Tragedies like the Crottys' often shine a large spotlight on the system's weaknesses and create momentum for laws that can help prevent similar heartache for other families.
Zach's parents clearly aren't in denial. They know — now — what a serious drug problem their son had. And they know what the drugs did to him.
"This isn't a bad kid," Mark Crotty said of his son. "This is a kid who got hooked on bad things — drugs."
"He pulled away from our family," Suzanne Crotty added. "The drugs took over his life. I don't think he could bear to let us see that part of his life. It was the drugs. They were more important than anything else."
Besides mourning the death of their son, the Crottys have to deal with what his drug habit did to their relationship with him.
They can't help but have conflicting emotions about one of their son's many journal entries written about his addiction while he was at Renaissance House in the late summer of 2008:
"It has destroyed my relationship with my parents," he wrote. "There is no relationship. Well, [there] was no relationship. But there will be a relationship. Mark my words."
But Zach ran away from Renaissance House after nine days, convincing his parents that he couldn't go back.
Once his parents were sure about Zach's serious drug use, they confronted him, and he admitted he had a narcotics problem.
"But he did not want us to know that he was into heroin," Mark Crotty said. "He made his counselors swear to keep that secret."
Like other parents who have lost a child to drugs, the Crottys wonder what they could have done differently. They supported all his efforts to get clean. At times, they tried tough love.
Once, they got a 3 a.m. call that he was in the Erie County Holding Center; they waited to pick him until later that day. And they threw him out of the house once for stealing from his mother, but he went to live with some drug dealers.
Nothing worked.
Zach, like other kids hooked on drugs, knew how to get drugs and keep his family from knowing the full truth.
As a senior at Springville-Griffith High School, he went to a friend's house twice to raise money for a senior trip, and both times he asked to use the bathroom, where he rifled through a medicine cabinet. Once he stole Ambien pills from a close relative. A friend's grandmother gave him some fentanyl patches. He learned how to forge his mother's signature and use her credit card, maybe to purchase items that friends paid him for in cash.
Zach knew all the tricks.
"He fooled us all," Mark Crotty said. "He could look you in the eye and tell you a story."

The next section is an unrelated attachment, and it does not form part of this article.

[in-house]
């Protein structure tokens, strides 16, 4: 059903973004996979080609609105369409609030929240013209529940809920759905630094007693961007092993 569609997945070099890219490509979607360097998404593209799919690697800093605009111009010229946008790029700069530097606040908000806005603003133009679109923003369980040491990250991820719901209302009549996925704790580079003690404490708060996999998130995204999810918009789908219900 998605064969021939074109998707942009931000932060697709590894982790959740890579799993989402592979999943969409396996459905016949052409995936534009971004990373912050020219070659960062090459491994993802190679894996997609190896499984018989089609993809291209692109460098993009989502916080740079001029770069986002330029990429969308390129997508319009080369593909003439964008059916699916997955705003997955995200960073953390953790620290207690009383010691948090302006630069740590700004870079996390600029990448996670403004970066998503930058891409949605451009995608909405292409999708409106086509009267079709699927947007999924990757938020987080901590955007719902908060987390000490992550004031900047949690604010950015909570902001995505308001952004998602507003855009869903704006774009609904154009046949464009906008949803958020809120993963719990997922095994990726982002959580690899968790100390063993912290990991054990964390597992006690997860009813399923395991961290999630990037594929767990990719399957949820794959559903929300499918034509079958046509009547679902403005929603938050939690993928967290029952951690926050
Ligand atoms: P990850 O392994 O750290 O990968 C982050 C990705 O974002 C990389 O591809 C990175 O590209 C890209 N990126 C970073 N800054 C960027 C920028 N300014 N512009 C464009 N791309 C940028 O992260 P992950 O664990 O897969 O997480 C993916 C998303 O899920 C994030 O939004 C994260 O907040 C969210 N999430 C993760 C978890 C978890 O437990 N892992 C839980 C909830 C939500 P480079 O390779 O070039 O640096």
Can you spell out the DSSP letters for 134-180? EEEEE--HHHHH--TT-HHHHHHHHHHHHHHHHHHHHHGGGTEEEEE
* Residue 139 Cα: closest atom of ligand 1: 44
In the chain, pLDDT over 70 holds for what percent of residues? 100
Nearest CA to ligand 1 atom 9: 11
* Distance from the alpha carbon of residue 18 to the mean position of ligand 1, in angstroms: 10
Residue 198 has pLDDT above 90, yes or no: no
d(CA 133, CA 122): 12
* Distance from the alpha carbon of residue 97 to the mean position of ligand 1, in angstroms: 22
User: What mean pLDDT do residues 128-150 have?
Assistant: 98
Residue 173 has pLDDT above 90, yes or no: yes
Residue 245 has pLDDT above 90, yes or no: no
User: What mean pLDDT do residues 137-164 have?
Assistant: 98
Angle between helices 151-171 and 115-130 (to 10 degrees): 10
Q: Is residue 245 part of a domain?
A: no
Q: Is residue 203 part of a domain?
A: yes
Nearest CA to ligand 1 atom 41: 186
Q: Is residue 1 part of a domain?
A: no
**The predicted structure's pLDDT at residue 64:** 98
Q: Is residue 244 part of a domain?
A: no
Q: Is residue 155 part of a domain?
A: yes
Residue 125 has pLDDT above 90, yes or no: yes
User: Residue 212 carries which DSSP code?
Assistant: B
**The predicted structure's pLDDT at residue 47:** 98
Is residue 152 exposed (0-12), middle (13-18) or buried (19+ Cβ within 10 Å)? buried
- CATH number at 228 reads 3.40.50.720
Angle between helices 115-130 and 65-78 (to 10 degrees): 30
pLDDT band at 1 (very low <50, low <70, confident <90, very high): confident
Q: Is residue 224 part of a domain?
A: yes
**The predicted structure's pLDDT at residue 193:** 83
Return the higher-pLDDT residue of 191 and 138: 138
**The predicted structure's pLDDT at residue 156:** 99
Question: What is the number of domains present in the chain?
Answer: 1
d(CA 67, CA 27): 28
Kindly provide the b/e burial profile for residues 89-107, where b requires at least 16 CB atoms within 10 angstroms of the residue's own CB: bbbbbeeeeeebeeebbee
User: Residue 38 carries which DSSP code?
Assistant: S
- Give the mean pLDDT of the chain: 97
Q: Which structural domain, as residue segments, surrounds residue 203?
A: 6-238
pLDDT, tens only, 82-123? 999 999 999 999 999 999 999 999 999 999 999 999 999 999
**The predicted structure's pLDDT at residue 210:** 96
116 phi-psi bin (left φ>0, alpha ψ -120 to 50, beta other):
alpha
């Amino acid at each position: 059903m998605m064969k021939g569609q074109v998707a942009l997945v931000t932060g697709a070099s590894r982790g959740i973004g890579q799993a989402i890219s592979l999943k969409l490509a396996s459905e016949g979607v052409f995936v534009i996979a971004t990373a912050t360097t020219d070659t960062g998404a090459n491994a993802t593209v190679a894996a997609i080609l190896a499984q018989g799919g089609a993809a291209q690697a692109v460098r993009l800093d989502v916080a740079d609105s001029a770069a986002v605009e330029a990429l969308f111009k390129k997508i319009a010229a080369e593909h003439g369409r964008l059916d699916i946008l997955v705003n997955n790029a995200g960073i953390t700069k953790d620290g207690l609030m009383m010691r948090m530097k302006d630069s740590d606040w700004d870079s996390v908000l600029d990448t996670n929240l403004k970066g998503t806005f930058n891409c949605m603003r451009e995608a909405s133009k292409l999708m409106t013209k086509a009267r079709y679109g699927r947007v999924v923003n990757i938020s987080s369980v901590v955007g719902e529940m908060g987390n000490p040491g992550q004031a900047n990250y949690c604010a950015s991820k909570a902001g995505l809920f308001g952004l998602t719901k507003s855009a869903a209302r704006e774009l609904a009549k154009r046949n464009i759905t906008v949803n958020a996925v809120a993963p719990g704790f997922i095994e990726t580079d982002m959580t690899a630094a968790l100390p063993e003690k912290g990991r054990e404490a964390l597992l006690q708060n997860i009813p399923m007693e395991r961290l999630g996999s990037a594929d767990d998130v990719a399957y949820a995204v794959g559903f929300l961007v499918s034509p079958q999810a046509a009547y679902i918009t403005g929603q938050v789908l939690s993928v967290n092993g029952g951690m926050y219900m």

"I want parents to wake up," his wife added. "The kids lie. The drugs make the kids lie, even the good kids."
Like many parents, the Crottys were blindsided by their son's flirtation with the drug world. Growing up, he never was in trouble, but his parents noticed that he never stuck long with any activity, whether it was basketball, karate, golf or anything else.
Zach followed the typical progression: smoking in middle school; taking Lortabs and OxyContins in high school; getting into a car accident and being caught with prescription pills in his pocket; taking larger quantities of pills; and skittering out of control by his senior year in high school, developing a daily 10-bag heroin habit.
He went to an addiction specialist and was prescribed Suboxone, which is used to treat an opiate addiction. But in the last three weeks of his life, his parents have learned, he also got prescriptions from other doctors for Xanax, used to treat anxiety and panic disorder; for Keppra, used to treat seizures; and for Remeron, an anti-depressant.
It wasn't just the prescribed drugs.
When his parents searched his room after his death, they found plenty of pill bottles that didn't have his name on them.
The day before he died, Zach spent the night at his boss' house, because he had to work out of town the next day.
At about 6 that morning, the Crottys answered the dreaded phone call, that Zach had been taken to Mercy Hospital. At the hospital, they learned he had died.
His mother went in to see him.
"Zach was lying there, and he had blood coming out of his nose," she said. "They had a sheet over him. I kept stroking his head. They worked for more than an hour on him, because he was so young. They thought they could bring him back."
But they couldn't.